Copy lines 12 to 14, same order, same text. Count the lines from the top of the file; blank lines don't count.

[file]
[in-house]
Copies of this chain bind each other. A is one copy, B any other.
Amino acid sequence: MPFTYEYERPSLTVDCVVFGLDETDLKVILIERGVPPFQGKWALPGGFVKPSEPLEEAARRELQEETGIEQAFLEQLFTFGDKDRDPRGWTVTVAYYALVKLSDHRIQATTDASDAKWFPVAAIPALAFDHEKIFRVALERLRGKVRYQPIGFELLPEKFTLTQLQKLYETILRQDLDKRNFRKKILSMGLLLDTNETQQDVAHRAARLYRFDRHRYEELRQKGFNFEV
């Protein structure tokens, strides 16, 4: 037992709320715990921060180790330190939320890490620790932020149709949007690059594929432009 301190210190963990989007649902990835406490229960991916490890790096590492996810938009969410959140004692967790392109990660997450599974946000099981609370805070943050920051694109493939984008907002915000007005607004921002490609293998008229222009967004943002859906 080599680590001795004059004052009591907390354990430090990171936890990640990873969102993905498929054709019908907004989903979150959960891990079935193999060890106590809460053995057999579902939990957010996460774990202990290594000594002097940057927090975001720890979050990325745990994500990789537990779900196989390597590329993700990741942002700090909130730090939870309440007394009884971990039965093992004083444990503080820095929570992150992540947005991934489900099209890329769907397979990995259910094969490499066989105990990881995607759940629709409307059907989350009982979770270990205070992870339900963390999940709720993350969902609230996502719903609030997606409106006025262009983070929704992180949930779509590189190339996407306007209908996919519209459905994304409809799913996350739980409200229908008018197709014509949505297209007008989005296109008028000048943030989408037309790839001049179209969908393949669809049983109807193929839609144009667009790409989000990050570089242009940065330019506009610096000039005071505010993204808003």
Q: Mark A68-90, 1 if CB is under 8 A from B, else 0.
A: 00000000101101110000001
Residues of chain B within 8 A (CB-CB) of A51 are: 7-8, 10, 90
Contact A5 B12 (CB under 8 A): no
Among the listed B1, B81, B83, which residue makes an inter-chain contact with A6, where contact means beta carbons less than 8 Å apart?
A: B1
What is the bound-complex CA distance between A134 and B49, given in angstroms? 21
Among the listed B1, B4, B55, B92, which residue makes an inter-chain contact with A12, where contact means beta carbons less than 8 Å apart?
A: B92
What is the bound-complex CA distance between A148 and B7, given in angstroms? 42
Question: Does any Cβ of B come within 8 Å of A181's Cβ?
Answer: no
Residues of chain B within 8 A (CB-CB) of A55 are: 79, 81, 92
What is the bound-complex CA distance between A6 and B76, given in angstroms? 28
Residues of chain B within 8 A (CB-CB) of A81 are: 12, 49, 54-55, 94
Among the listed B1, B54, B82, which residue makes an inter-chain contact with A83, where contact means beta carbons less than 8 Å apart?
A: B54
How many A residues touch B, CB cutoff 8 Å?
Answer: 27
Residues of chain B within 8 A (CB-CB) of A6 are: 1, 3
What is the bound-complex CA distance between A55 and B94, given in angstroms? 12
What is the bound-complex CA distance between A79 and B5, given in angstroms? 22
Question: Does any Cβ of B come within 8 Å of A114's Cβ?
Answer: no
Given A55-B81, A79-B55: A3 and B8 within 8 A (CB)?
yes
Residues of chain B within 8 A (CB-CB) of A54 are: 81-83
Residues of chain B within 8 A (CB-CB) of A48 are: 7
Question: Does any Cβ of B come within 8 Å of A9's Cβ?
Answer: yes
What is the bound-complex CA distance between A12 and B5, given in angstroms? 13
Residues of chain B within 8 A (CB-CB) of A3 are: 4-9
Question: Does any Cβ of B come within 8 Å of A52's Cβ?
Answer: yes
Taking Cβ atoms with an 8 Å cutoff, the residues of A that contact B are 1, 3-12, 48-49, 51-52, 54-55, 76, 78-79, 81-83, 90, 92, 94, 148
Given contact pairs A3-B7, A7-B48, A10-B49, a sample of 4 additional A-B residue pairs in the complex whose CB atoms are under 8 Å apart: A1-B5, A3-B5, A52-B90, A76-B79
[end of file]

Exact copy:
Among the listed B1, B4, B55, B92, which residue makes an inter-chain contact with A12, where contact means beta carbons less than 8 Å apart?
A: B92
What is the bound-complex CA distance between A148 and B7, given in angstroms? 42